I suspect that my laptop simply does not use the discrete GPU for the external display(s) when in hybrid mode. It looks like maybe this is a bug with xorg, or that the problem may be solved with the new Cosmic DE.

    The solution was to just switch to using the nVidia graphics mode. Since then the performance with the dock has been fine, the system is not freezing when switching between applications, and I can once again use all three panels at the same time.

  9. Integrate AppImages

    1. Use AppImageLauncher
    2. Designate a directory to store the appimages, and set something to back it up if you like.
    3. Install the launcher:
    sudo add-apt-repository ppa:appimagelauncher-team/stable
    sudo apt update
    sudo apt install appimagelauncher
    1. Run the app and customise the integration directory to point to your designated directory.
    2. That’s it. Running appimages will pop up the launcher to ask if you want to move them and add launcher icons.
    3. Thanks to ostechnix.
  10. AntiVirus

    1. I get that a lot of advice says to not bother installing AV for Linux, but I’m hardcoded to need to see AV on my workstation. To this end, I installed ClamAV and ClamTK from the Pop!_Shop to be able to use it quickly.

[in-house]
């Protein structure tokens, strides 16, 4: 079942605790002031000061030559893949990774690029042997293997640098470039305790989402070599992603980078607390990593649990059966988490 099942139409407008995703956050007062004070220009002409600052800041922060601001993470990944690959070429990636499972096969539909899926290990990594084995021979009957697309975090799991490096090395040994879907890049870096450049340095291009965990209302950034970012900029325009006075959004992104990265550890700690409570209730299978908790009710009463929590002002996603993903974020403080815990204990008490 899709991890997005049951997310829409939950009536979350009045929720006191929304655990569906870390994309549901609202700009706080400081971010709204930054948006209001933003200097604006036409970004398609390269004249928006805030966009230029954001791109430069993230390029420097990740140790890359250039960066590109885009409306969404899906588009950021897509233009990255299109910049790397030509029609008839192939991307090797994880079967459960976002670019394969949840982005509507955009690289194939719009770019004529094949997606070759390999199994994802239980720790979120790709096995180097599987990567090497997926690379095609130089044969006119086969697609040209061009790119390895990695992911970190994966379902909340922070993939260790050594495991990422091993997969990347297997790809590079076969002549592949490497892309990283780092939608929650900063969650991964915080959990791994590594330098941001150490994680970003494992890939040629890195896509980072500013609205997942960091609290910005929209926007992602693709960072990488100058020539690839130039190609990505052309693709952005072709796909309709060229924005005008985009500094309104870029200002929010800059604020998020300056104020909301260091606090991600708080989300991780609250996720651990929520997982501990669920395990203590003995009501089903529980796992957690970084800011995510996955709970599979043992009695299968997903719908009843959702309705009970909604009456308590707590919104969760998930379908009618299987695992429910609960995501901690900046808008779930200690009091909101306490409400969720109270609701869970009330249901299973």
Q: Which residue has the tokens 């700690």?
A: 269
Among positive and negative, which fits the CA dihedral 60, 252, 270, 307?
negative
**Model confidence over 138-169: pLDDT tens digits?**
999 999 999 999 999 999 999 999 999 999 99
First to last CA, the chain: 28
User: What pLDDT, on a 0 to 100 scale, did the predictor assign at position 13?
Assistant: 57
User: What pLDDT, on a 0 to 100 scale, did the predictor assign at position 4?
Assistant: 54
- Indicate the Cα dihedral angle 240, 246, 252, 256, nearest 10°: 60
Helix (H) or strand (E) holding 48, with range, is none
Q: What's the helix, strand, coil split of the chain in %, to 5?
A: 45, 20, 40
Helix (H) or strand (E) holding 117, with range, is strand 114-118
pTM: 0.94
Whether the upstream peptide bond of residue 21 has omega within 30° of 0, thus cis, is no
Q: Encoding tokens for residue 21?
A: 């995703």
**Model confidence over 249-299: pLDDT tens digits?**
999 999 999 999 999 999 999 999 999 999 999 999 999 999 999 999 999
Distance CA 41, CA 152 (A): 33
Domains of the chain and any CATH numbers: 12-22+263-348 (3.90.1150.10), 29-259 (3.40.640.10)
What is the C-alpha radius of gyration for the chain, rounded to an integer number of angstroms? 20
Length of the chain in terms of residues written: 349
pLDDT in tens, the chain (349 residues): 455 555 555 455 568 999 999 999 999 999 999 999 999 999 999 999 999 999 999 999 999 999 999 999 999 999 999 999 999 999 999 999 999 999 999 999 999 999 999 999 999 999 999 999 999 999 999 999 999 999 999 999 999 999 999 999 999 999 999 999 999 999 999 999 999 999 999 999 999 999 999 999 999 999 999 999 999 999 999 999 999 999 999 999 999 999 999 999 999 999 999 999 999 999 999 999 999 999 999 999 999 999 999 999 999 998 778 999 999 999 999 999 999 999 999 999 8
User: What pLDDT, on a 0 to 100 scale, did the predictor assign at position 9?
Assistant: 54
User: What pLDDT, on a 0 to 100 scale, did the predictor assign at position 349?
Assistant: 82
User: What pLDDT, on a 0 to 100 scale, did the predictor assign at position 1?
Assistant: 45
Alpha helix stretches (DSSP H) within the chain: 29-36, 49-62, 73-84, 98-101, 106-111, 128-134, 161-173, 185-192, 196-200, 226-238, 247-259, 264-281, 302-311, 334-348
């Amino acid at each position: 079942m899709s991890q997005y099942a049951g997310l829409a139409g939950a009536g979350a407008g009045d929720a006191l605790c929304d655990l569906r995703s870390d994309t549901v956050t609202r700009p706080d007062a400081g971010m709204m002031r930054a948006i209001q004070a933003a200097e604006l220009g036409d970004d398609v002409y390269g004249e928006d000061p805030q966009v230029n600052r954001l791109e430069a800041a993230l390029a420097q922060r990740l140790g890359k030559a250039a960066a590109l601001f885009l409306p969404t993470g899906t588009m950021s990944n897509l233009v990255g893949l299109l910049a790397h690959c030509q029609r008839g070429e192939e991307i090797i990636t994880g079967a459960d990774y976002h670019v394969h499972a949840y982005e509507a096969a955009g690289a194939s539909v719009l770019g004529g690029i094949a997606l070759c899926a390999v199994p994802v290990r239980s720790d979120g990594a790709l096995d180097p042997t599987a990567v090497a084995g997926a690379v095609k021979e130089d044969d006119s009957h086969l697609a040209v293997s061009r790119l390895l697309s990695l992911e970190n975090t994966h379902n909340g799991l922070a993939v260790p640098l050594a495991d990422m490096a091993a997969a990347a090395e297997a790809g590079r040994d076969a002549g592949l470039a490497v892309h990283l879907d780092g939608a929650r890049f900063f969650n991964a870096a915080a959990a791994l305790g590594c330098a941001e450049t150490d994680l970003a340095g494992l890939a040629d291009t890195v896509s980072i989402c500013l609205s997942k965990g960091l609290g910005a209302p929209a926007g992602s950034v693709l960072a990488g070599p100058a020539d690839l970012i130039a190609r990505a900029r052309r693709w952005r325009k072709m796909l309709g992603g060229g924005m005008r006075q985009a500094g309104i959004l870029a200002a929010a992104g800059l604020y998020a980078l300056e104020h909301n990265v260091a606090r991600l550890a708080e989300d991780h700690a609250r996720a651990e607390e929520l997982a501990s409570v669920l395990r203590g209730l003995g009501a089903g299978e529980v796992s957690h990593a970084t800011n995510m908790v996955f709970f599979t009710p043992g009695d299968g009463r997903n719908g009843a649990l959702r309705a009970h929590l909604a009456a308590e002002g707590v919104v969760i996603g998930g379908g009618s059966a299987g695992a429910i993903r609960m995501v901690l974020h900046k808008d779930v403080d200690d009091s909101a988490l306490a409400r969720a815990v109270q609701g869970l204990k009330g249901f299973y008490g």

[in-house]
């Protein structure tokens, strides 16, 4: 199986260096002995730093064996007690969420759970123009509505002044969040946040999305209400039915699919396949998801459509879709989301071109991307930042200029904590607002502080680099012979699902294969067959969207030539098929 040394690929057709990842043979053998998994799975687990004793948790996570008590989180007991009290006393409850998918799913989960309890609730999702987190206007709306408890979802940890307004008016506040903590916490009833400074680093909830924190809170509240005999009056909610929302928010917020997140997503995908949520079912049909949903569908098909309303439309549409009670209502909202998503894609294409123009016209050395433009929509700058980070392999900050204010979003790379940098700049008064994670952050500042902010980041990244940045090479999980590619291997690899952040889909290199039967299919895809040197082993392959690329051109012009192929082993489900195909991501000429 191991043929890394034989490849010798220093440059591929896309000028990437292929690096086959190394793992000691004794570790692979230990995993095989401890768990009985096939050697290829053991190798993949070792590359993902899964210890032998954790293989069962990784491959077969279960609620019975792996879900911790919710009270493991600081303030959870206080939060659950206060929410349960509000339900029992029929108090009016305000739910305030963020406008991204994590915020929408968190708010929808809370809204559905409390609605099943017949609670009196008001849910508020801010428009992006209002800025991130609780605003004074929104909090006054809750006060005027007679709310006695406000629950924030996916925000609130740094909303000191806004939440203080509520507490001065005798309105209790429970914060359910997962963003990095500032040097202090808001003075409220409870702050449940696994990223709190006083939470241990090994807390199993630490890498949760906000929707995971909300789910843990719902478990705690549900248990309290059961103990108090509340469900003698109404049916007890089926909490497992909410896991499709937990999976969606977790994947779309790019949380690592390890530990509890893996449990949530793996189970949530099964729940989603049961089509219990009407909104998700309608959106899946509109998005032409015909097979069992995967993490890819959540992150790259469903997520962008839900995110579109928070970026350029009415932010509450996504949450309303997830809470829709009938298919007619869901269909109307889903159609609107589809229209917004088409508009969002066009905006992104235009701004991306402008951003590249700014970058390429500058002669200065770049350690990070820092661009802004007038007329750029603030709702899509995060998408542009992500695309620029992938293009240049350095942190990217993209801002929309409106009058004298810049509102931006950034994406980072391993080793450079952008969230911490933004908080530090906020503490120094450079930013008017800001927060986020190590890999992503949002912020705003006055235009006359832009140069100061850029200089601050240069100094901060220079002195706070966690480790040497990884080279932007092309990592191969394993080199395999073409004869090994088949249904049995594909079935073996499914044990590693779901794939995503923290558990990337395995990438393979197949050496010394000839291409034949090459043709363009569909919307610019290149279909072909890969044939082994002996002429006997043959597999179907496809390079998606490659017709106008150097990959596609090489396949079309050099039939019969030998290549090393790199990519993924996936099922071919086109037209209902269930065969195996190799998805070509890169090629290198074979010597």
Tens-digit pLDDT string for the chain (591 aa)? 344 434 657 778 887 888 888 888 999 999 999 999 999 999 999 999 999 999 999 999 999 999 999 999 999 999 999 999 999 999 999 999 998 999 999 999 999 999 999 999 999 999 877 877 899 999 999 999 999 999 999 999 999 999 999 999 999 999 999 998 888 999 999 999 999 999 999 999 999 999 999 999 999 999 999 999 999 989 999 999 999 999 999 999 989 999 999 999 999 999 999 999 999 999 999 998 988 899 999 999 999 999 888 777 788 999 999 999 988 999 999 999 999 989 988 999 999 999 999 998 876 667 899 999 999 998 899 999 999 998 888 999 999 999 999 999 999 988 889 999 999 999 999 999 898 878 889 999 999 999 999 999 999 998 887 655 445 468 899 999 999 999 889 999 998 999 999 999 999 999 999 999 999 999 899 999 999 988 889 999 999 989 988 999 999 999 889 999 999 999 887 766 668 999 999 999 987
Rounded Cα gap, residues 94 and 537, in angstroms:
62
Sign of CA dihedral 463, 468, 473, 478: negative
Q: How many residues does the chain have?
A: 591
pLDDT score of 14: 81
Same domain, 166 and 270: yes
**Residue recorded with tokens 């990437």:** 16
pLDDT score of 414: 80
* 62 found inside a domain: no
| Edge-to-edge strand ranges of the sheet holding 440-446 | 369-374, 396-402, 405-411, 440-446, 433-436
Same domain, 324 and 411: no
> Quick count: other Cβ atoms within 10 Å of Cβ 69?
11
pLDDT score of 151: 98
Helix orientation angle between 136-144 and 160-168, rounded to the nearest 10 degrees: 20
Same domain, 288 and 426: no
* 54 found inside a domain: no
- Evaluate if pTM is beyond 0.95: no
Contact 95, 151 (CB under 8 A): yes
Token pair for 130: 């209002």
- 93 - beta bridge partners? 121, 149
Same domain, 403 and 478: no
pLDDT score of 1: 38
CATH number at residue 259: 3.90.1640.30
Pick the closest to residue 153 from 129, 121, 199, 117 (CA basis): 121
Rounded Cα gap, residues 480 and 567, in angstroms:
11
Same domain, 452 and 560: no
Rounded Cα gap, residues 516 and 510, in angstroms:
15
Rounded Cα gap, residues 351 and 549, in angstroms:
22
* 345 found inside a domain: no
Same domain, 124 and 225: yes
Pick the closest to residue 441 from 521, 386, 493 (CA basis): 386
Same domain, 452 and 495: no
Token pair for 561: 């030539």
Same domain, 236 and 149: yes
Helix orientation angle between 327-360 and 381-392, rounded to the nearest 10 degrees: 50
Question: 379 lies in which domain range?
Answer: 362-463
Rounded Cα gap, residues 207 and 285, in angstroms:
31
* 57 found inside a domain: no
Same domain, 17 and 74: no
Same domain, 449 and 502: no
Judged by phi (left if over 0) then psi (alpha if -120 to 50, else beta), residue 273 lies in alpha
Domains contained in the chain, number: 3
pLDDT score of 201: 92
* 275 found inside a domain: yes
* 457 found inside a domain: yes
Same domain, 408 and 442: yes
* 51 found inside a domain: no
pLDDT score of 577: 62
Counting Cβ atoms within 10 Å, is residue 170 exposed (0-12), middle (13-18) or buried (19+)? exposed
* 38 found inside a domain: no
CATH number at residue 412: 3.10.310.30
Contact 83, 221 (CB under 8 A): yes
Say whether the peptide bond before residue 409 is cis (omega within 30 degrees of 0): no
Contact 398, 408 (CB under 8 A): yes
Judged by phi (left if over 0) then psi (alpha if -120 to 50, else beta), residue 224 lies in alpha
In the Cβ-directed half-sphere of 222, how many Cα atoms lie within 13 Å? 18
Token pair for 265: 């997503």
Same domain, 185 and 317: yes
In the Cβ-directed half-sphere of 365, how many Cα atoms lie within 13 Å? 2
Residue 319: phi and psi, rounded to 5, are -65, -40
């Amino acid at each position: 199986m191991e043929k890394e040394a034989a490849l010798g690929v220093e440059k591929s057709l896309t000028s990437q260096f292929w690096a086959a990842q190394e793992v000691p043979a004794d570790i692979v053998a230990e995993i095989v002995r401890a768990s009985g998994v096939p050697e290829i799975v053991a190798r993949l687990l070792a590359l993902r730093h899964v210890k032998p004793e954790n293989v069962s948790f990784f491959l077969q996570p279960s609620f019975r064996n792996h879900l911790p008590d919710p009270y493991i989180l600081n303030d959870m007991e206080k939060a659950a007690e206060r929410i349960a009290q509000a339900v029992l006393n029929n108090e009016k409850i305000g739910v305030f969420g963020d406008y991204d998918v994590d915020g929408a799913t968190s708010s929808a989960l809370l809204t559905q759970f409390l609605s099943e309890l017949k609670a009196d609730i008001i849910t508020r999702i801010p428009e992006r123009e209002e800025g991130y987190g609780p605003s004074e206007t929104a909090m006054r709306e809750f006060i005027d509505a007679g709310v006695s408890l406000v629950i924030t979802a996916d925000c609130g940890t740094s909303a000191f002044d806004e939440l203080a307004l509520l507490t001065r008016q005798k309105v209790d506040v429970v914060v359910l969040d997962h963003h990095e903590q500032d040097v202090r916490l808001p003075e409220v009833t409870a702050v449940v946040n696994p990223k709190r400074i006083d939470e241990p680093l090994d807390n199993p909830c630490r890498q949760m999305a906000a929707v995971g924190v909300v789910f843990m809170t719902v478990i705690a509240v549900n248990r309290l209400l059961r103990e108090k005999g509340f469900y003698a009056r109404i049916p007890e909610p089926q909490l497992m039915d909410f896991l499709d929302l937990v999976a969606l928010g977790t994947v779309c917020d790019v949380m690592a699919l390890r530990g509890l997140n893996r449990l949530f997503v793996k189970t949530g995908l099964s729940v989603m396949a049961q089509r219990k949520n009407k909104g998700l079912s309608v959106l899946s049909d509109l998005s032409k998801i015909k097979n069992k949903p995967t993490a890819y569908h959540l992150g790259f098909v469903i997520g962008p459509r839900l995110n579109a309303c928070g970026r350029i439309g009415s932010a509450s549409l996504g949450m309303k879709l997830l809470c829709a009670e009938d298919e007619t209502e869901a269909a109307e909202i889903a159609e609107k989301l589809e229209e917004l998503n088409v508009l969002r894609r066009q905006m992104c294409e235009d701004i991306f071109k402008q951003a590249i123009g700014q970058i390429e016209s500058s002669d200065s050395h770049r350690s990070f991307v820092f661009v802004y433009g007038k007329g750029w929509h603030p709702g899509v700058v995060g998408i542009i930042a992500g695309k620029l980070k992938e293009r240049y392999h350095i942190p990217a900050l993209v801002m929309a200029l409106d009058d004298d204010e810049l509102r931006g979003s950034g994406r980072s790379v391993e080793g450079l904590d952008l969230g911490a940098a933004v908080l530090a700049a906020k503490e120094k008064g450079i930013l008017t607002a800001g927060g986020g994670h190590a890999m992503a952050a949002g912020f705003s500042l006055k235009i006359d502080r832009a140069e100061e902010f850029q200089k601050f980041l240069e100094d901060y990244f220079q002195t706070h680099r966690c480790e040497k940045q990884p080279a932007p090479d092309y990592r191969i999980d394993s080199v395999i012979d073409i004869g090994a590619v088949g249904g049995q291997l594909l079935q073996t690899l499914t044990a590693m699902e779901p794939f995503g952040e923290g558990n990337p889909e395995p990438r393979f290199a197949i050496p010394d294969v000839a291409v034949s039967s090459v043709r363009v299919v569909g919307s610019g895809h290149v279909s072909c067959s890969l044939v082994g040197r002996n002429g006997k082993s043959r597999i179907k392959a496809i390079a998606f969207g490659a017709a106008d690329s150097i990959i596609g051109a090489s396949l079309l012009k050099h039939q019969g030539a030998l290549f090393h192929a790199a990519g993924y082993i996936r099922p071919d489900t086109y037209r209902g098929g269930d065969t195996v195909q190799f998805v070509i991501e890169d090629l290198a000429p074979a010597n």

11. Keeping lists of installed applications

    1. To restore from a crash I’ll need to know what is installed.
      1. apt list --installed
      2. ls /usr/share/applications
      3. flatpak list
  12. Screenshots

    1. The default screenshot app is fine, but I like to be able to do quick pixelisations or annotations. On Windows I’ve been using Greenshot for years, but they have no Linux option.
    2. Thankfully, Flameshot exists. Does everything I need it to do on Linux.
    3. Install the DEB from their GitHub so that you can configure the system to use the Print Screen button to take a screenshot with the flameshot gui command. There may be a way to do this with the flatpak version that is available through the Pop!_Shop.
  13. Changing the behaviour when closing the laptop lid